First of all an apology. In my list of recent Welsh sporting triumphs I omitted to mention my old sparring partner Joe Calzaghe whose latest victories include being noticed by the English press after years of being the greatest British boxer. Pound for pound you're the man, Joe.
I'm back running, and have probably notched up a respectable 50 miles this past week. I'm not committed enough to find time to plug my Garmin in and find out how much I've actually run, but it's about 50 miles, including two hour-long runs with Mercury (on which more anon). And of course I went out yesterday morning and coming home felt some pain around my right ankle. A combination of stiffness and shooting pain as it rotated. A couple of cycle rides later (a few miles -- practical transport rather than fun) it was still hurting. So this morning I'm going to rest, of course. Of course not: I'm going to notch up some more miles.
Why do all runners do this? I've given so much advice about the importance of resting niggles to novice runners ... and I have shared the same advice mutually with non-novitiates, as you all probably have (ohhh ... I don't know ...). We know what the dangers are, we know what we should do, and we don't. So why?
Here's a theory: because it feels good. Not the machismo of putting your body right on the edge of self-harm, though there's probably something in that. But one of the joys of running is that grey area between comfortable training and fierce unholy excess. That's where the spiritual release and the endorphins lie. On the edge of injury the body finds itself. This is built into the practicalities of marathon training, which is always about doing more and doing more faster until the event, and then getting back on the road as soon as possible. For non-marathoners it's just a temptation. It's because being there feels good that we do it.
So where are my shoes?
Wednesday, 16 April 2008
When April, with its sweet showers has soothed March’s deep-rooted drought, pilgrims descend on London, the tired, the hungry, the ill-shod, full of longing and apprehension, they swell towards the Excel centre, then again at Blackheath, in search of joy, redemption, absolution. They clutch their energy gels in their hands like pardons, their hearts beat as in their heart of hearts they confront the almighty. It is time for the London Marathon, and this year marks the 100th anniversary of the distance being established at 26 miles 385 yards – prior to the marathon in the London Olympics of 1908 the distance had been a long race of about 25 miles … you know the story about Queen Alexandra wanting to see the finish outside the palace.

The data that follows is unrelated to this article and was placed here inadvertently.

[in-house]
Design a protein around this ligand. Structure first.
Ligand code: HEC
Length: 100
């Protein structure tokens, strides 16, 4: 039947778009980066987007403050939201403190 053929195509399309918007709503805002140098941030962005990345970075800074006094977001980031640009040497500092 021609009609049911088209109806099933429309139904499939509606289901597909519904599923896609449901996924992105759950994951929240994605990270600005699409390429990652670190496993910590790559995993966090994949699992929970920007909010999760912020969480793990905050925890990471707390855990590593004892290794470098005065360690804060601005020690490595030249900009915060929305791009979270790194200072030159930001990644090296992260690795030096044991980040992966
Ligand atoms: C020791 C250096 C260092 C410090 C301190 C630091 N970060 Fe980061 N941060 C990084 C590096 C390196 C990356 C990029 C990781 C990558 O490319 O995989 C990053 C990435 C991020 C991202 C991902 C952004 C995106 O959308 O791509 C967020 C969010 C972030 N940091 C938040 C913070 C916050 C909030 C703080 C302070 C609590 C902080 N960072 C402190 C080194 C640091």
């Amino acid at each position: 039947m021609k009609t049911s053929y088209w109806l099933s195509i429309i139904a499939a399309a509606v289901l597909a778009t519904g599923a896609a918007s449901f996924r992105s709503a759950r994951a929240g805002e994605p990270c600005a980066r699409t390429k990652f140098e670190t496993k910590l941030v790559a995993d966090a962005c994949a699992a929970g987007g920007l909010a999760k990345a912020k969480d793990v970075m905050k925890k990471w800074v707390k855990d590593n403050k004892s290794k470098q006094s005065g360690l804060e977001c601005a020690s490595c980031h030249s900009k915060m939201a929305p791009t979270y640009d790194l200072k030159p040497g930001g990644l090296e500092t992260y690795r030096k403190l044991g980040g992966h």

2008 has been a good year for Welsh sport. First the well-deserved Grand Slam in the Six Nations rugby union championship, then the bizarre progression of Cardiff FC to the FA cup final (when I didn’t know there were eleven – is that the right number? – people in Wales who know the rules for football). But my running does not form part of this picture. Instead it has been a year of retreating from light drizzle, of contemplating fine wines, of reading and writing and generally shrinking from the field where glory is sought, not without dust and heat.
Odd then to find myself at the green (fast-for-age and celebrity) start at the Flora London Marathon this past Sunday, next to Sean, perennial daemon, and to Ned Boulting, host, self-styled minor celebrity and significant fundraiser for ECHO (see here for ECHO, and here for his hospitality last year). If I was in poor shape, Sean was possibly worse off, untrained and vying with Meike for that seven-months pregnant look. Looking in fact like foie gras, of which I understand he has eaten a good deal recently, along with a number of French regional wines.
The preparation had been less than perfect. Again. Friday night the kids were off at sleepovers and I thought that I would aid my rest by trying to make margaritas with the tequila I brought back from DC. And I discovered that I could make a cracking margarita. Which was pleasing, because I’m always keen on finding new skills and potential new careers. And then I drank some wine, and was lulled to sleep by the spicy fumes of mourvedre, the bandol varietal. And then I woke up after a few hours feeling less than athletic, and had to cycle to Grantchester through an East Anglian gale to Collect Elias. A few hours later, on the train to London with Elias, my quads were cramping, and the nausea had less to do with the hangover than the anticipation of the marathon the following morning. And life remains full of surprises. Elias and I took a taxi to the station to save my legs: who should be driving it but Giacomo? Giacomo has been injured since Milan, and still runs with pain. An MRI has failed to reveal what’s wrong. It’s perverse that he’s not running, and I am, and I begin to wonder if my blog is reading like a soap opera. Giacomo tells me that Pietro will be there, and, despite a poor performance in Milan, he’ll be at the elite start, trading on his 2:30 marathon from some years ago …